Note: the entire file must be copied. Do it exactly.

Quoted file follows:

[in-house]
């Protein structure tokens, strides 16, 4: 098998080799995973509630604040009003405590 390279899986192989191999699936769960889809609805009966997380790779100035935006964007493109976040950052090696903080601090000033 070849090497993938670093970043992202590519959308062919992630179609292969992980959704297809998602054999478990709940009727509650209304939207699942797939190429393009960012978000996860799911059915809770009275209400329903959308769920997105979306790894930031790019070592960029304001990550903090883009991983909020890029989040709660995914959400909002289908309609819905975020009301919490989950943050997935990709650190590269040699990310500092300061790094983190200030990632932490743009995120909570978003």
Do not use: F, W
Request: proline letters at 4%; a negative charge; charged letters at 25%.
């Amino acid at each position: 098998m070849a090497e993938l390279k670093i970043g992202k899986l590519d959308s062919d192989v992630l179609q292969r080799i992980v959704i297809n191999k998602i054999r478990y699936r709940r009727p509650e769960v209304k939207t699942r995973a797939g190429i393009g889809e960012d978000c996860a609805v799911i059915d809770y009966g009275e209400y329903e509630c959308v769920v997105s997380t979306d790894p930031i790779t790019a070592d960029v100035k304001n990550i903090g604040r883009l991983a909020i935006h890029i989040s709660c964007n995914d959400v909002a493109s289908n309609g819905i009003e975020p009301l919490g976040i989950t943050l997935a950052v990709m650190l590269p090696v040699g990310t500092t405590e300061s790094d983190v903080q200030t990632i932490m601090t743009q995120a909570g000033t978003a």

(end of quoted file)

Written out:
[in-house]
């Protein structure tokens, strides 16, 4: 098998080799995973509630604040009003405590 390279899986192989191999699936769960889809609805009966997380790779100035935006964007493109976040950052090696903080601090000033 070849090497993938670093970043992202590519959308062919992630179609292969992980959704297809998602054999478990709940009727509650209304939207699942797939190429393009960012978000996860799911059915809770009275209400329903959308769920997105979306790894930031790019070592960029304001990550903090883009991983909020890029989040709660995914959400909002289908309609819905975020009301919490989950943050997935990709650190590269040699990310500092300061790094983190200030990632932490743009995120909570978003």
Do not use: F, W
Request: proline letters at 4%; a negative charge; charged letters at 25%.
């Amino acid at each position: 098998m070849a090497e993938l390279k670093i970043g992202k899986l590519d959308s062919d192989v992630l179609q292969r080799i992980v959704i297809n191999k998602i054999r478990y699936r709940r009727p509650e769960v209304k939207t699942r995973a797939g190429i393009g889809e960012d978000c996860a609805v799911i059915d809770y009966g009275e209400y329903e509630c959308v769920v997105s997380t979306d790894p930031i790779t790019a070592d960029v100035k304001n990550i903090g604040r883009l991983a909020i935006h890029i989040s709660c964007n995914d959400v909002a493109s289908n309609g819905i009003e975020p009301l919490g976040i989950t943050l997935a950052v990709m650190l590269p090696v040699g990310t500092t405590e300061s790094d983190v903080q200030t990632i932490m601090t743009q995120a909570g000033t978003a």